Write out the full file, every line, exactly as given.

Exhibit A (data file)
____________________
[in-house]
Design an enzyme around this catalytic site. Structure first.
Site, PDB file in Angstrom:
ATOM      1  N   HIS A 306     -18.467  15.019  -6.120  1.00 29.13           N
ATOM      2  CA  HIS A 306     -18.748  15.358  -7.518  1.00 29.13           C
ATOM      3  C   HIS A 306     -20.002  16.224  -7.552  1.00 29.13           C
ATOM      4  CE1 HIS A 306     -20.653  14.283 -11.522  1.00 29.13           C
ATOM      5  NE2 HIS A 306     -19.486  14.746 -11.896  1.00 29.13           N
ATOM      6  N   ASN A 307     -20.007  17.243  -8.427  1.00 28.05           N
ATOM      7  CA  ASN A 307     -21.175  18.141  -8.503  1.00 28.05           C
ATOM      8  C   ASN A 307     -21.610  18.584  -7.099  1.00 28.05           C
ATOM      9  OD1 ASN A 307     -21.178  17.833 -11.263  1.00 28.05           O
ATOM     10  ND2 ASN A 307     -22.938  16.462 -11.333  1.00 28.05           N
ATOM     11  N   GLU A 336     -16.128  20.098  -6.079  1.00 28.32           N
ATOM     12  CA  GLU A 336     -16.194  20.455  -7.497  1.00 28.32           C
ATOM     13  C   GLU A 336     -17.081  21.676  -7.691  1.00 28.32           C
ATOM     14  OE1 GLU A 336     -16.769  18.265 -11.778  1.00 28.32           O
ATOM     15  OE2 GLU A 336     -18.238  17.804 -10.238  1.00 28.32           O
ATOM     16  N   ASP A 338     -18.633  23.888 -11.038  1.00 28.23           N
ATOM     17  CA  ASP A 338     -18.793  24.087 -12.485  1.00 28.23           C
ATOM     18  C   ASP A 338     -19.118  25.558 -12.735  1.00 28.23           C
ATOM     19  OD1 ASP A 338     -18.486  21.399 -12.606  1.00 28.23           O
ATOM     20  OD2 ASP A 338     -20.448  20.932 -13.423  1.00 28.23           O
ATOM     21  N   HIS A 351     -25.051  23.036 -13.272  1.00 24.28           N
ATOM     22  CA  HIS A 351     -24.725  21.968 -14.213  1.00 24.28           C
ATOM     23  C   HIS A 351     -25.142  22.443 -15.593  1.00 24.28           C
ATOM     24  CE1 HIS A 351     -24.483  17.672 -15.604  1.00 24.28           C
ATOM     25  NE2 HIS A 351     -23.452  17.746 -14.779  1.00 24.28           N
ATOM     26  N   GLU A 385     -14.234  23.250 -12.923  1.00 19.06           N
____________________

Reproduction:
[in-house]
Design an enzyme around this catalytic site. Structure first.
Site, PDB file in Angstrom:
ATOM      1  N   HIS A 306     -18.467  15.019  -6.120  1.00 29.13           N
ATOM      2  CA  HIS A 306     -18.748  15.358  -7.518  1.00 29.13           C
ATOM      3  C   HIS A 306     -20.002  16.224  -7.552  1.00 29.13           C
ATOM      4  CE1 HIS A 306     -20.653  14.283 -11.522  1.00 29.13           C
ATOM      5  NE2 HIS A 306     -19.486  14.746 -11.896  1.00 29.13           N
ATOM      6  N   ASN A 307     -20.007  17.243  -8.427  1.00 28.05           N
ATOM      7  CA  ASN A 307     -21.175  18.141  -8.503  1.00 28.05           C
ATOM      8  C   ASN A 307     -21.610  18.584  -7.099  1.00 28.05           C
ATOM      9  OD1 ASN A 307     -21.178  17.833 -11.263  1.00 28.05           O
ATOM     10  ND2 ASN A 307     -22.938  16.462 -11.333  1.00 28.05           N
ATOM     11  N   GLU A 336     -16.128  20.098  -6.079  1.00 28.32           N
ATOM     12  CA  GLU A 336     -16.194  20.455  -7.497  1.00 28.32           C
ATOM     13  C   GLU A 336     -17.081  21.676  -7.691  1.00 28.32           C
ATOM     14  OE1 GLU A 336     -16.769  18.265 -11.778  1.00 28.32           O
ATOM     15  OE2 GLU A 336     -18.238  17.804 -10.238  1.00 28.32           O
ATOM     16  N   ASP A 338     -18.633  23.888 -11.038  1.00 28.23           N
ATOM     17  CA  ASP A 338     -18.793  24.087 -12.485  1.00 28.23           C
ATOM     18  C   ASP A 338     -19.118  25.558 -12.735  1.00 28.23           C
ATOM     19  OD1 ASP A 338     -18.486  21.399 -12.606  1.00 28.23           O
ATOM     20  OD2 ASP A 338     -20.448  20.932 -13.423  1.00 28.23           O
ATOM     21  N   HIS A 351     -25.051  23.036 -13.272  1.00 24.28           N
ATOM     22  CA  HIS A 351     -24.725  21.968 -14.213  1.00 24.28           C
ATOM     23  C   HIS A 351     -25.142  22.443 -15.593  1.00 24.28           C
ATOM     24  CE1 HIS A 351     -24.483  17.672 -15.604  1.00 24.28           C
ATOM     25  NE2 HIS A 351     -23.452  17.746 -14.779  1.00 24.28           N
ATOM     26  N   GLU A 385     -14.234  23.250 -12.923  1.00 19.06           N